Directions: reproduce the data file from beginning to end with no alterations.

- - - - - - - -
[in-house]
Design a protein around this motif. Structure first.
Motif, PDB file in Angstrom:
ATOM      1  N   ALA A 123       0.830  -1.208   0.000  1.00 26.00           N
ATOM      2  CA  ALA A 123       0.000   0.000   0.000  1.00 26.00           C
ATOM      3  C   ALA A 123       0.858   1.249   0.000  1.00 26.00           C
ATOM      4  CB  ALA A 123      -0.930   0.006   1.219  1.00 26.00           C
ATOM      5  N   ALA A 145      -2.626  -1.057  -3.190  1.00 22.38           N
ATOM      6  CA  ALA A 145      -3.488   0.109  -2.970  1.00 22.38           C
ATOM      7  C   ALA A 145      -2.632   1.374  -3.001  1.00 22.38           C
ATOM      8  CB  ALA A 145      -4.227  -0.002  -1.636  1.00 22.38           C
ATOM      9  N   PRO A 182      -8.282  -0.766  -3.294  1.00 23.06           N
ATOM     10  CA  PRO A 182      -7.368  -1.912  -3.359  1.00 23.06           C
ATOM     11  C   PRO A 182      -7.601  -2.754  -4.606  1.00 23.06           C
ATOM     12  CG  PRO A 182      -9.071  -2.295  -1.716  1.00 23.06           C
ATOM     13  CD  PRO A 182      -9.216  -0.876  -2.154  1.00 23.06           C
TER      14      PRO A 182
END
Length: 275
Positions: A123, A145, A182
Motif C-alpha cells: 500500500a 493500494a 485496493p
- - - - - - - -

[in-house]
Design a protein around this motif. Structure first.
Motif, PDB file in Angstrom:
ATOM      1  N   ALA A 123       0.830  -1.208   0.000  1.00 26.00           N
ATOM      2  CA  ALA A 123       0.000   0.000   0.000  1.00 26.00           C
ATOM      3  C   ALA A 123       0.858   1.249   0.000  1.00 26.00           C
ATOM      4  CB  ALA A 123      -0.930   0.006   1.219  1.00 26.00           C
ATOM      5  N   ALA A 145      -2.626  -1.057  -3.190  1.00 22.38           N
ATOM      6  CA  ALA A 145      -3.488   0.109  -2.970  1.00 22.38           C
ATOM      7  C   ALA A 145      -2.632   1.374  -3.001  1.00 22.38           C
ATOM      8  CB  ALA A 145      -4.227  -0.002  -1.636  1.00 22.38           C
ATOM      9  N   PRO A 182      -8.282  -0.766  -3.294  1.00 23.06           N
ATOM     10  CA  PRO A 182      -7.368  -1.912  -3.359  1.00 23.06           C
ATOM     11  C   PRO A 182      -7.601  -2.754  -4.606  1.00 23.06           C
ATOM     12  CG  PRO A 182      -9.071  -2.295  -1.716  1.00 23.06           C
ATOM     13  CD  PRO A 182      -9.216  -0.876  -2.154  1.00 23.06           C
TER      14      PRO A 182
END
Length: 275
Positions: A123, A145, A182
Motif C-alpha cells: 500500500a 493500494a 485496493p